Newsletter 05/12 - Apologies and reparations to the former colonies of the British Empire
On September 1, 2003, on the occasion of the fortieth anniversary of the independence, the Government of Kenya lifts ban on Mau Mau, which began in 1950 during the British colonial rule. This allows the creation of the Mau Mau War Veterans Association, that begins to take action to get apologies and reparations for the abuses suffered by its members.
On October 4, 2006 the Kenya Human Rights Commission presents to the British foreign secretary a formal request for apologies and reparations for the torture inflicted on Mau Mau, which is rejected on April 2, 2007 requiring to submit it to the competent court.
On June 23, 2009 Jane Muthoni Mara, Ndiku Mutwiwa Mutual, Susan Ngondi, Wambugu Wa Nyingi and Paulo Muoka Nzili issue a claim against the British Government for the tortures and abuses suffered during the brutal repression of the independence movement in Kenya by the British colonial government during the fifties and early sixties of the last century.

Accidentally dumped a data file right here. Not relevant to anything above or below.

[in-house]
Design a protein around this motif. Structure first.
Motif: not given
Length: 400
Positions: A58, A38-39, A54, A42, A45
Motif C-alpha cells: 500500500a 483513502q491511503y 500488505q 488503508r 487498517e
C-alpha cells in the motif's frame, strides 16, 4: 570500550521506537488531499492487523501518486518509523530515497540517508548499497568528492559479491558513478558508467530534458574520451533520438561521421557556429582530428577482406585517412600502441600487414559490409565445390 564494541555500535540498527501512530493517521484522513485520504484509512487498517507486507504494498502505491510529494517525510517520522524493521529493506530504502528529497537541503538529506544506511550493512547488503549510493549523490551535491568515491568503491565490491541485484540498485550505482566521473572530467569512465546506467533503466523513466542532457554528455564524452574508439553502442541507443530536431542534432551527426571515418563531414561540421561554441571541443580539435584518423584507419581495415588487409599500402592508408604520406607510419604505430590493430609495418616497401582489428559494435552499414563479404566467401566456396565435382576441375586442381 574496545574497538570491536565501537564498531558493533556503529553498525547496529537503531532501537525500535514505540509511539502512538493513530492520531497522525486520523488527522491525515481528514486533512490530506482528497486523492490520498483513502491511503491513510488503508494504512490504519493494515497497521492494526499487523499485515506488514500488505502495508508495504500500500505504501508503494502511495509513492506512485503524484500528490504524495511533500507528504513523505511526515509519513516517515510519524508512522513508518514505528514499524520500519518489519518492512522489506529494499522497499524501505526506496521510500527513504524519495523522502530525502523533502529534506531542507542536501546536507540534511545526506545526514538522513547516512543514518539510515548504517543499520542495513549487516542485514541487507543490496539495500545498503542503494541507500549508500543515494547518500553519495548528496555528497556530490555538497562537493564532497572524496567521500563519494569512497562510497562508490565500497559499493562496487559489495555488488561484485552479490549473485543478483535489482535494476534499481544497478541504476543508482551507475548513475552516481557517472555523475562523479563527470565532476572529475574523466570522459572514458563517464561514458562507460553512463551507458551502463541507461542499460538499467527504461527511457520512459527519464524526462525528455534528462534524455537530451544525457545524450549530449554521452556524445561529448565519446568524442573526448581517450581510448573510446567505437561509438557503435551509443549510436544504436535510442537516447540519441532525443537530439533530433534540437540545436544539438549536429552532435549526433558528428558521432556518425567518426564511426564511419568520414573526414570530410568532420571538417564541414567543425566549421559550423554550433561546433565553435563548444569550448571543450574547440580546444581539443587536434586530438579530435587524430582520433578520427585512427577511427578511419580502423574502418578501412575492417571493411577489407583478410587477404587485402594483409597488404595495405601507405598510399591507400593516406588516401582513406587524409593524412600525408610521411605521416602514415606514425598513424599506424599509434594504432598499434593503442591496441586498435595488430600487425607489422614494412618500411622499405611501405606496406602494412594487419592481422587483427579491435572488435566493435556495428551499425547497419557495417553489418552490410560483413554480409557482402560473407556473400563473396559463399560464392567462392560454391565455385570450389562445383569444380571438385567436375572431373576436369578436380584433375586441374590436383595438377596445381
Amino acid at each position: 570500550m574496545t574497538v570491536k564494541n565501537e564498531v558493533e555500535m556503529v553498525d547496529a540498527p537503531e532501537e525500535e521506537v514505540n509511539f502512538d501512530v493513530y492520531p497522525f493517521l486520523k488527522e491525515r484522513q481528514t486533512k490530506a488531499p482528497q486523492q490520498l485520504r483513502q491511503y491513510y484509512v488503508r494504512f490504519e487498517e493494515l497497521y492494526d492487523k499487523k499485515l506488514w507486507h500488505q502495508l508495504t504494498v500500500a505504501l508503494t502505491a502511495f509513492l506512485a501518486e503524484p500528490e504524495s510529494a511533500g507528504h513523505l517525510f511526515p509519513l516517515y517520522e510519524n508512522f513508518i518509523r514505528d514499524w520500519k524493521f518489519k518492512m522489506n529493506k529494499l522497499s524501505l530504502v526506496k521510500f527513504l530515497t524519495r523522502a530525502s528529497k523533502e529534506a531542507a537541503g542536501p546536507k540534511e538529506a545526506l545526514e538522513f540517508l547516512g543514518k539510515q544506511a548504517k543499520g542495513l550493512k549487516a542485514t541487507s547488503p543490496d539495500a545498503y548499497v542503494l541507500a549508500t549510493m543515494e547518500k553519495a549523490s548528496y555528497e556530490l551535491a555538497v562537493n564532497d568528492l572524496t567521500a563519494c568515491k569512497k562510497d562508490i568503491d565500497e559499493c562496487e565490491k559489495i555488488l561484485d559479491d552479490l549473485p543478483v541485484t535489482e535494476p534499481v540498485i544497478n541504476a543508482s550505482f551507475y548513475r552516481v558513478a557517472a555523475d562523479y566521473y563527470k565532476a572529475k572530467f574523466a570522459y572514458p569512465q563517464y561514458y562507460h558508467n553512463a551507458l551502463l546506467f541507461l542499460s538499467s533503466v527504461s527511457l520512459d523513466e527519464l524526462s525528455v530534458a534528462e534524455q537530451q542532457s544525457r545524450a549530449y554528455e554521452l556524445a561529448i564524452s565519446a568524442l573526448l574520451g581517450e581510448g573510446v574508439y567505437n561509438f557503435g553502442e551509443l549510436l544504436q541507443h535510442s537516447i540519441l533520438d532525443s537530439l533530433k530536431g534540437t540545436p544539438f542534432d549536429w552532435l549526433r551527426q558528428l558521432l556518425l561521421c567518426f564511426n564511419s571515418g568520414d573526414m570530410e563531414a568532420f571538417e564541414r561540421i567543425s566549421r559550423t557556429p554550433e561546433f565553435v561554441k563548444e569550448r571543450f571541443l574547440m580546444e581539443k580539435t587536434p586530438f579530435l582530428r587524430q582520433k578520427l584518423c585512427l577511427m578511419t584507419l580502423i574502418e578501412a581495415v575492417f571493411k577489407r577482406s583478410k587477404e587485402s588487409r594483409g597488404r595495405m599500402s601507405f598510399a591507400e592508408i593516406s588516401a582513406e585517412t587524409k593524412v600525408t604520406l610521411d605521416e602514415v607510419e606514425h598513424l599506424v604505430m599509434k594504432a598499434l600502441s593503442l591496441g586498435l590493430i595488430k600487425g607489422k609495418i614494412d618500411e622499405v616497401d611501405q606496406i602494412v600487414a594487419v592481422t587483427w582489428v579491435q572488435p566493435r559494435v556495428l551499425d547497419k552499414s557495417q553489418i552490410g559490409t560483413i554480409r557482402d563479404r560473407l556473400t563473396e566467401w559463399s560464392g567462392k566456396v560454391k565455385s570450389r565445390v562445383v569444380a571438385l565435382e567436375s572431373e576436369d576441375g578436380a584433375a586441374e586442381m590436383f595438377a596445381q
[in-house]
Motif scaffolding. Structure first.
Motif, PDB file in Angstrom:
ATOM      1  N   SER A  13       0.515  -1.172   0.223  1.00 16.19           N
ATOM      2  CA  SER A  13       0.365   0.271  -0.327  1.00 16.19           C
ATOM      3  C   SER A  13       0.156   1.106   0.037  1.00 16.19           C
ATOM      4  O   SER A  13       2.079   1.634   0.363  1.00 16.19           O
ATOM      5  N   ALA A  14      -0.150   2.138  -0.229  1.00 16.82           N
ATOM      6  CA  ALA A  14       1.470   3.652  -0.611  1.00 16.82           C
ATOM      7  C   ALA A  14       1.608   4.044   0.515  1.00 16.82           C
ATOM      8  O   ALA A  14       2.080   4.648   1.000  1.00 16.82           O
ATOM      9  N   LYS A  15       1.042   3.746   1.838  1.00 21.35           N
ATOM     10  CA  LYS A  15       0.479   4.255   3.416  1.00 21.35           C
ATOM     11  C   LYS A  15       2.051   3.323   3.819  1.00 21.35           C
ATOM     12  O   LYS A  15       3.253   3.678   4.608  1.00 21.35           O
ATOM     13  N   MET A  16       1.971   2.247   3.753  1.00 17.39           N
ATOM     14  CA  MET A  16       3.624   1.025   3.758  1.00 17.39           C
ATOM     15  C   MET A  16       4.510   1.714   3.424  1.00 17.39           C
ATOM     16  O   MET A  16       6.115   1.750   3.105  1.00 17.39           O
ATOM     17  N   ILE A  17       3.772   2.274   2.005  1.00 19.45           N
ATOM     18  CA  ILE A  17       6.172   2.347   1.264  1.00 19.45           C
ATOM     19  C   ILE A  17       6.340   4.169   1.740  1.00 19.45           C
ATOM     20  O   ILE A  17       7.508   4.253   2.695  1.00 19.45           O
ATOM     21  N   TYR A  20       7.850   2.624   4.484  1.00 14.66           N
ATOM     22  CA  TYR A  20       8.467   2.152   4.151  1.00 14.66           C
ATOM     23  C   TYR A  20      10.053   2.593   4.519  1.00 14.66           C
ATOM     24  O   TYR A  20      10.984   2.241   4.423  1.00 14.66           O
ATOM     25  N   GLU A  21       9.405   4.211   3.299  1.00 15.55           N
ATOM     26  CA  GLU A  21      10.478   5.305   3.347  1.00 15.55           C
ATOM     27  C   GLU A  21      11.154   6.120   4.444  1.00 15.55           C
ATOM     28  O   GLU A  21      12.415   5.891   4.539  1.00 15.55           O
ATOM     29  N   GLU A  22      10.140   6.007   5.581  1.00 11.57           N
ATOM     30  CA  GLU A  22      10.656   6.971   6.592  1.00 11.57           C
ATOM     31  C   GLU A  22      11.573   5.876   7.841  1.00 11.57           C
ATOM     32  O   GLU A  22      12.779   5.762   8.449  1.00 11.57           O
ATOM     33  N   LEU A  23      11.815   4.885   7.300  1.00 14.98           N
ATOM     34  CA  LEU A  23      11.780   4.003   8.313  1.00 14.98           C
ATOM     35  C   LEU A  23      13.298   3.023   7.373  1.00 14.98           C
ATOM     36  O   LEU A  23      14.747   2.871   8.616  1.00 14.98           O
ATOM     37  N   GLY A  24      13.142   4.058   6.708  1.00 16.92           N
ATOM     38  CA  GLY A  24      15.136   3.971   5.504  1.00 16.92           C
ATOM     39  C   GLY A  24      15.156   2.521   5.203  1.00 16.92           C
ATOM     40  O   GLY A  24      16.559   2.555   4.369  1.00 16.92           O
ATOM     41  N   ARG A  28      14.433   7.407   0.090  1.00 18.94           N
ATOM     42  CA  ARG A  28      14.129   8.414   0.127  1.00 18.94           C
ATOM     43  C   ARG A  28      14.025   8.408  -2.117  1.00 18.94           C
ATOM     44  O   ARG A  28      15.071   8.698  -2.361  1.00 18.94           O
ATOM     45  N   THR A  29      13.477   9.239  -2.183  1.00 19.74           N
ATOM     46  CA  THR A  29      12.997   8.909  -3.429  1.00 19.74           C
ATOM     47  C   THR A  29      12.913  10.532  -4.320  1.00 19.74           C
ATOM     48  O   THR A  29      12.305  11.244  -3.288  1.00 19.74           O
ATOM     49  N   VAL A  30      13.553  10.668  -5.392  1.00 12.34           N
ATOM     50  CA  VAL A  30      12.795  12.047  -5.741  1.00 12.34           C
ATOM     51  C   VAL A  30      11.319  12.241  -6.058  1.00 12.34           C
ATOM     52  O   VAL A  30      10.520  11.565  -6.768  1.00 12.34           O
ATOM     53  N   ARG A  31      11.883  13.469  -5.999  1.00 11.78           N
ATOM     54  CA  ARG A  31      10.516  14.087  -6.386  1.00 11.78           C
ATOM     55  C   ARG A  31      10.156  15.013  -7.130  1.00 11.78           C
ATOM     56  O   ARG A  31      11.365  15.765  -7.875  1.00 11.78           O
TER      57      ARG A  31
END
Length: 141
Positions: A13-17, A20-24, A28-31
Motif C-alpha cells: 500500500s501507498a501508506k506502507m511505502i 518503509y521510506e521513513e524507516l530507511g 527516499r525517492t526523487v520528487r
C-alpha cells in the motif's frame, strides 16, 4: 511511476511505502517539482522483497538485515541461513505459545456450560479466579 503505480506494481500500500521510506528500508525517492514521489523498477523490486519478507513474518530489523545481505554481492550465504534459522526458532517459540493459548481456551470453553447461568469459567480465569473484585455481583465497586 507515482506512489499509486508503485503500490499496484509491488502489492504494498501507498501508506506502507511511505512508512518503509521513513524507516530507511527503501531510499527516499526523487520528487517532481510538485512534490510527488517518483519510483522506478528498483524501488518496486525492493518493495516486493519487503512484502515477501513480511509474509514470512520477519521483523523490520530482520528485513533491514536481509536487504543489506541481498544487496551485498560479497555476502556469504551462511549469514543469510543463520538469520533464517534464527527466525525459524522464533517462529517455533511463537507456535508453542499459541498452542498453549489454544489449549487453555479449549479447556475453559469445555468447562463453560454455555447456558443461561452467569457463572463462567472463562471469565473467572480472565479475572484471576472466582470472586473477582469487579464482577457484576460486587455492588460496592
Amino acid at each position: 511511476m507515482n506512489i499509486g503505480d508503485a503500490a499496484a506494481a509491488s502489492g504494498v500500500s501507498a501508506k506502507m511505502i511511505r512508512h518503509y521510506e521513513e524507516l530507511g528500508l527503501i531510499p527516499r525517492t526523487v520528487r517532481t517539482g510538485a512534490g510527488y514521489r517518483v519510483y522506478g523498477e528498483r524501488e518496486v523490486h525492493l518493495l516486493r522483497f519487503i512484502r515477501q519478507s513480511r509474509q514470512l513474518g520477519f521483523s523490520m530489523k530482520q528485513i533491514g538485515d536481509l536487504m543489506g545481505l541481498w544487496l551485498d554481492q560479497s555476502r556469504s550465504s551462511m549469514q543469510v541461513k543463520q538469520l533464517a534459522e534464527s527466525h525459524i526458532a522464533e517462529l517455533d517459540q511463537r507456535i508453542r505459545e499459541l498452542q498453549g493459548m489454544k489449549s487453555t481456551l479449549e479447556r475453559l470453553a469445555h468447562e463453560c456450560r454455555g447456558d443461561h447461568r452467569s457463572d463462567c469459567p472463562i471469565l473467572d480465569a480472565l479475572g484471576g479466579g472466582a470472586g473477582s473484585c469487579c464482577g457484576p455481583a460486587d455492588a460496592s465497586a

On July 21, 2011 the High Court in London gives the Kenyans citizens the go-ahead to pursue their legal action. In the previous months the requests of the court for the trial had brought to light that many documents of the time were kept secret and that they witnessed the brutality used by the British authorities in an attempt to suppress the Mau Mau uprising, with the systematic use of concentration camps, torture of prisoners with beatings, sexual violence, castrations and mutilation and murder, going as far as burning alive some prisoners.
On April 18, 2012 a first part of the documents is made public, clarifying that for decades Britain has destroyed thousands of incriminating documents that testified the violence and the horrors committed during the last years of the British Empire. The documents survived to the systematic deletion were kept hidden to the historians and to the public for half a century, guarded and supervised by the Ministry of Foreign Affairs in a secret archive.
Colonialism Reparation calls for the United Kingdom, which has destroyed thousands of incriminating documents and kept hidden for decades many thousands which testified the violence and the horrors committed during the last years of the British Empire, to apologize and pay reparations to the former colonies for the whole colonial period.